The Social Media Isolation Chamber
December 10, 2009 27 Comments
One of the great things about being involved in social networking is the robust – even heated at times – discussions we get to have. There are very smart people wrestling with important issues, not in a top-down command-and-control fashion, but in a creative level-playing-field manner.
Two rather noisy issues of late have to do with social media certification (check this post by Jason Falls and follow the links if you want to get the entire backstory), and the ever-present discussion of ROI in social media (see Olivier Blanchard for this material).
These are very important issues. But along with the many other discussions about social media, I think we have too much of a tendency (still) to put Social Media in an isolation chamber.
Social Media tools and approaches are a means to an end – or, rightly understood, to multiple ends.
Think about it this way:
1. What am I/are we trying to accomplish? (what is our goal – in this case, let’s focus on business only)
- Let’s say that our goal is to increase sales of our software service by 35% in 2010.
2. How are we going to accomplish that goal?
- Let’s say that we are going to build relationships with key thought-leaders who will influence others; along with making use of inexpensive ways of PR/Marketing messaging to our potential target audience; plus we’re going to add 2 key new features that are being requested often.
3. What are the methods we are going to use to make this happen?
- Direct sales calls; articles/write-ups in industry magazines; cultivation of key thought leaders by regular communication and relationship-building; attendance at 3 trade shows and sponsorship of 1; monthly webinars; exploration of Facebook and Twitter to build an audience/fan base; free trial program; etc. etc.
OK, so we have a business goal and a holistic plan. Now, where’s “social media”? Answer – all over the place! If you look at the methods suggested above, social media can be/is woven into the whole thing, because it’s part of a broad communications and promotion strategy. And using these approaches will likely help you shape your strategies going forward.
Done rightly, social networking is baked into an entire approach, and you can no more separate out the ROI of SM than you can separate out the ROI of, say, “print” or “e-mail.” You might be able to isolate out specific SM tactics and approaches (what is happening with our Facebook fan page, and can we trace sales directly from it?), but you can’t treat networked communications as some carved-out, independent piece – it’s not designed to be. And, it should not be treated as a short-term bit, but part of a long-term holistic strategy.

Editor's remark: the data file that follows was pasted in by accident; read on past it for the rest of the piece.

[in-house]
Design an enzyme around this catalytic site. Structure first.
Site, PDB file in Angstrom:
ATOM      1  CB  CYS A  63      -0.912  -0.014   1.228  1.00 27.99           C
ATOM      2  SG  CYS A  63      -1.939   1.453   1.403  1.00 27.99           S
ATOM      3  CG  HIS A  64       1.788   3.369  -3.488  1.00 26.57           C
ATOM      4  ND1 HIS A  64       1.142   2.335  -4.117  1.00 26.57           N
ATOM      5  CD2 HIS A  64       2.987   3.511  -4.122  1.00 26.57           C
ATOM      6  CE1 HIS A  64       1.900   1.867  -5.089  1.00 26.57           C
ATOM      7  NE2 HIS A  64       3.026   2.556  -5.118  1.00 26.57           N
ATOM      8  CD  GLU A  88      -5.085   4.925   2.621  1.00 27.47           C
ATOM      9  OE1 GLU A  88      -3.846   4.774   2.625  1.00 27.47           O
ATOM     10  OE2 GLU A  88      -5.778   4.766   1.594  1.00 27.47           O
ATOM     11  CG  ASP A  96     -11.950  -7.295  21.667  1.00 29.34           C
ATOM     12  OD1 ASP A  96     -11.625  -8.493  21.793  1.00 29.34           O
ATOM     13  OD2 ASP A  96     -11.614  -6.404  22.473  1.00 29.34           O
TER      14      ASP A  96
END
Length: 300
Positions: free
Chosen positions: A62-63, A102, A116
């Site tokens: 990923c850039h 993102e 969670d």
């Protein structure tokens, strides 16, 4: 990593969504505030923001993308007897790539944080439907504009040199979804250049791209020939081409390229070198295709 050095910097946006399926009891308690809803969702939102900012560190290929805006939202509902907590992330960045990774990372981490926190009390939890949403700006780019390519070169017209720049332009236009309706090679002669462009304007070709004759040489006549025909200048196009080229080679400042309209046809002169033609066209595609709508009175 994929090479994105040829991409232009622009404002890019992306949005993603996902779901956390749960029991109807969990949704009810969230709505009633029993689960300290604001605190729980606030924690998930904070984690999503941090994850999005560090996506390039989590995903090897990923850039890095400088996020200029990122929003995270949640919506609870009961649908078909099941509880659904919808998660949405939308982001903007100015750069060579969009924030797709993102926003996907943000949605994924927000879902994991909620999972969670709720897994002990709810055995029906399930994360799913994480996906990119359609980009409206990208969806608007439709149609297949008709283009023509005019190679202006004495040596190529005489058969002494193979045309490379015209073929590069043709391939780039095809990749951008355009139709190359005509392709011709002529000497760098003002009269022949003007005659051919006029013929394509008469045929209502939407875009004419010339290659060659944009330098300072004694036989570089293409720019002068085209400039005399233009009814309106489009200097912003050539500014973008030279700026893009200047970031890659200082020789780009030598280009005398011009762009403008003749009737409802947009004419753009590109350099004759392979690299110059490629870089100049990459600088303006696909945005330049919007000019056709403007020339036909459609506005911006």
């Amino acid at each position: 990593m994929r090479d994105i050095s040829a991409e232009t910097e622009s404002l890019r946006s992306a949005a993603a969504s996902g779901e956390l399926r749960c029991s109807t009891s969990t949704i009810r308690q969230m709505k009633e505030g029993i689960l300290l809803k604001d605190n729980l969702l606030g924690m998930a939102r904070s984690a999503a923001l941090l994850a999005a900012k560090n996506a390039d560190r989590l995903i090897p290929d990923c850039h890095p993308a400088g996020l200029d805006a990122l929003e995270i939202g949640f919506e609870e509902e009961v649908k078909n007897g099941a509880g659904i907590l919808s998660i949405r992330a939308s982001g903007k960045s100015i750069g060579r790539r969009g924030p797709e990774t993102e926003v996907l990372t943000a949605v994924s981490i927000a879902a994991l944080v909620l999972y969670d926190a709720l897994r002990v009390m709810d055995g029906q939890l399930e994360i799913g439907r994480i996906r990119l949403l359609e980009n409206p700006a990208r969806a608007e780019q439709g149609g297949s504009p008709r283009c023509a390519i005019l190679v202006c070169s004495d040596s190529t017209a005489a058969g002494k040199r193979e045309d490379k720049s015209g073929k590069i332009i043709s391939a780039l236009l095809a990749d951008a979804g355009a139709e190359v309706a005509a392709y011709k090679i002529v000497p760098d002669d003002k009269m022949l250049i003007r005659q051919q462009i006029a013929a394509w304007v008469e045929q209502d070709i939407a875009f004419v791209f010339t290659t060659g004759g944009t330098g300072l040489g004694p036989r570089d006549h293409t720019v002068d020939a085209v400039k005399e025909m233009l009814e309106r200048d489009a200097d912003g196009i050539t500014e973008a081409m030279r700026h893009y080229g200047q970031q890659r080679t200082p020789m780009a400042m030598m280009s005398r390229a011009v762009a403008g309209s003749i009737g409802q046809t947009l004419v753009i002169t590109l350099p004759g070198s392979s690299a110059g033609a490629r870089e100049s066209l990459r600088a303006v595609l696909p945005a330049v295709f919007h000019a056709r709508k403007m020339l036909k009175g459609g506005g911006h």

Did we achieve the 35% increase in 2010? How much time/effort/resources did we expend on the whole plan? Now you can think intelligently about ROI. Holistically.
The same line of thought goes with social media “certification”. What IS this “social media” that we’re “certifying”? To provide training, and a certificate that acknowledges skill acquired on a specific type of social media application (for instance, Facebook for Community Marketing – where there is a clear curriculum, a focused goal, and a competent trainer) – that’s great! But to say someone is certified in social media? It’s simply too vaporous.
Now, backing away from any of the particulars of the ROI or certification debate – should we not begin to move our THINKING and SPEAKING and WRITING about social networking out of the isolation chamber, and embed it in real and tangible – even holistic – applications? I guess, to put it simply – social media is not stand-alone.
As Jay Baer put it recently on his blog Convince and Convert:
Sure, social media has made incredible progress in a short period of time. But to reach its full potential – especially from an ROI perspective – social media needs to be a component in a larger marketing program. Yes, I believe all companies will “be” social eventually. But that’s not a marketing strategy, that’s a cultural initiative. We need to treat social media as a marketing ingredient, not a marketing cure-all.
What do you think?
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